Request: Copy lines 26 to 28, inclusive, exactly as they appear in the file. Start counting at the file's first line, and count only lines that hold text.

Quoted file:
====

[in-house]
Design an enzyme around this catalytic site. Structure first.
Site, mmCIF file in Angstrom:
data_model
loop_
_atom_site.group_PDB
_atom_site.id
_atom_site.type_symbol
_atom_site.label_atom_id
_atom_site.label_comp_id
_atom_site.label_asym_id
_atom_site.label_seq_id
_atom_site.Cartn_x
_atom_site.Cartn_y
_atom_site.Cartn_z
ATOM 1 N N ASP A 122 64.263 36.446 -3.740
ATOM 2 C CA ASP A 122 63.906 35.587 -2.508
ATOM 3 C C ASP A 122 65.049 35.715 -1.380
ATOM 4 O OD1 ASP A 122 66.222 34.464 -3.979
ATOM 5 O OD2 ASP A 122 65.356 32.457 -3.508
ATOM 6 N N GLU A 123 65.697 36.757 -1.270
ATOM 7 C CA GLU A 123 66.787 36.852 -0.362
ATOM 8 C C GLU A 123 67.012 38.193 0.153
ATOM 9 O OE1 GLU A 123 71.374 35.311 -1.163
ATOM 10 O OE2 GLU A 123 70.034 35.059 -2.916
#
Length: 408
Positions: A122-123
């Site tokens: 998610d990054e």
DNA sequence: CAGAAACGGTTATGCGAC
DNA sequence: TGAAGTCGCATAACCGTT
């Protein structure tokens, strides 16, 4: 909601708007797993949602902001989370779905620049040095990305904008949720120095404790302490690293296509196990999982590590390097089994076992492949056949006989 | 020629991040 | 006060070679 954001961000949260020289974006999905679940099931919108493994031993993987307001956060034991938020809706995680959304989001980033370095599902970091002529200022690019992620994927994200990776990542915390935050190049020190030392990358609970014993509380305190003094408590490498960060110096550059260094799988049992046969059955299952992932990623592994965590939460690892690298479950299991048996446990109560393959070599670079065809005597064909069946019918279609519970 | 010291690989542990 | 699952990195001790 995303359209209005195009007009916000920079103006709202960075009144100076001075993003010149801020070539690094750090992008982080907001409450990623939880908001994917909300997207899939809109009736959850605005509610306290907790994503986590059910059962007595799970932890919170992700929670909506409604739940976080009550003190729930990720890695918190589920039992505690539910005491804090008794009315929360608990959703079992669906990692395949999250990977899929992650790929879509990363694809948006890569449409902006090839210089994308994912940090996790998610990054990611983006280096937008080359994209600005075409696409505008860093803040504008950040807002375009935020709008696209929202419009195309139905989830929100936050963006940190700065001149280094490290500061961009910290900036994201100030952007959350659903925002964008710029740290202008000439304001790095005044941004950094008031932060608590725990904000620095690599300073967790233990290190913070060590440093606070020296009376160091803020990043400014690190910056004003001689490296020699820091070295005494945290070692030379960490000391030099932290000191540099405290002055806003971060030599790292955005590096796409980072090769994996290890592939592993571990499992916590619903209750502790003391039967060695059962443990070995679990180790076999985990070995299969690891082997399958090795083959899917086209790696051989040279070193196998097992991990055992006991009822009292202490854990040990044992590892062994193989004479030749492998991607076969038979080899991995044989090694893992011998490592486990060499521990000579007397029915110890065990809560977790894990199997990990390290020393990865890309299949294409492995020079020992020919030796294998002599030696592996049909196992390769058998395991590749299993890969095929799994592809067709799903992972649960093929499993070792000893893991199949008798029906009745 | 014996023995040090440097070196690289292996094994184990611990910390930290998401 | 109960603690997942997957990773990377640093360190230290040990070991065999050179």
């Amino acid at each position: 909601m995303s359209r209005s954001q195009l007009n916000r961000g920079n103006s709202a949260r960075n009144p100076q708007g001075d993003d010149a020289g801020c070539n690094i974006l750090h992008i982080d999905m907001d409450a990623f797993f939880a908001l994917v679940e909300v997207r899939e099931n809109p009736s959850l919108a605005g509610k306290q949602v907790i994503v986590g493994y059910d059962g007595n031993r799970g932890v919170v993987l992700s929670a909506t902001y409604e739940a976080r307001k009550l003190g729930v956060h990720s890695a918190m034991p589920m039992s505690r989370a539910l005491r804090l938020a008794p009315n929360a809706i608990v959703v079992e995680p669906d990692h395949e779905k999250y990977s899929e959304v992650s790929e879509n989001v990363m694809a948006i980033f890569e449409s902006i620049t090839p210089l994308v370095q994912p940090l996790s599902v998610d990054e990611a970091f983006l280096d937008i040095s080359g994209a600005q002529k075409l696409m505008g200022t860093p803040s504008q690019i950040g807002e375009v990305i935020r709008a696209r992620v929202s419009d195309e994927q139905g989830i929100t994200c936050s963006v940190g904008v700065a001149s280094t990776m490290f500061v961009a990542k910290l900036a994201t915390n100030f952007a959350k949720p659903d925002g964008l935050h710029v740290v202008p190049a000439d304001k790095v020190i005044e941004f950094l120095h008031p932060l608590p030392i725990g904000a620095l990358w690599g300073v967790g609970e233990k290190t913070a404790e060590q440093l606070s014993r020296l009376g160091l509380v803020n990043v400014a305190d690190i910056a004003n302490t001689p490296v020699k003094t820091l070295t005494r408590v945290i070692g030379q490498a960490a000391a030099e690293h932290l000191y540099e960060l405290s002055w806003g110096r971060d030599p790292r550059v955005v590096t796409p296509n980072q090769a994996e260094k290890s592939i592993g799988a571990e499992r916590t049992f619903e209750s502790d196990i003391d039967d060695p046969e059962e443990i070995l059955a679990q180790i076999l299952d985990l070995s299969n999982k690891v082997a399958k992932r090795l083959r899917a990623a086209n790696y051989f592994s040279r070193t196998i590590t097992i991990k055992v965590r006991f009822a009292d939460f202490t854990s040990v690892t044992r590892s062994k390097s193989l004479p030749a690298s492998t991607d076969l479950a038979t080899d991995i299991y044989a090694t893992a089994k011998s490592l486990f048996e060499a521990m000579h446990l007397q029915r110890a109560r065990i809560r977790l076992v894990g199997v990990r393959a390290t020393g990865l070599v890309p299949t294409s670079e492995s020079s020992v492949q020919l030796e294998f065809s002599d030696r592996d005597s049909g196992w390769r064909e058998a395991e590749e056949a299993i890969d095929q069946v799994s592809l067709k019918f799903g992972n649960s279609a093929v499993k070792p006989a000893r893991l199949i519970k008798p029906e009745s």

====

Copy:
#
Length: 408
Positions: A122-123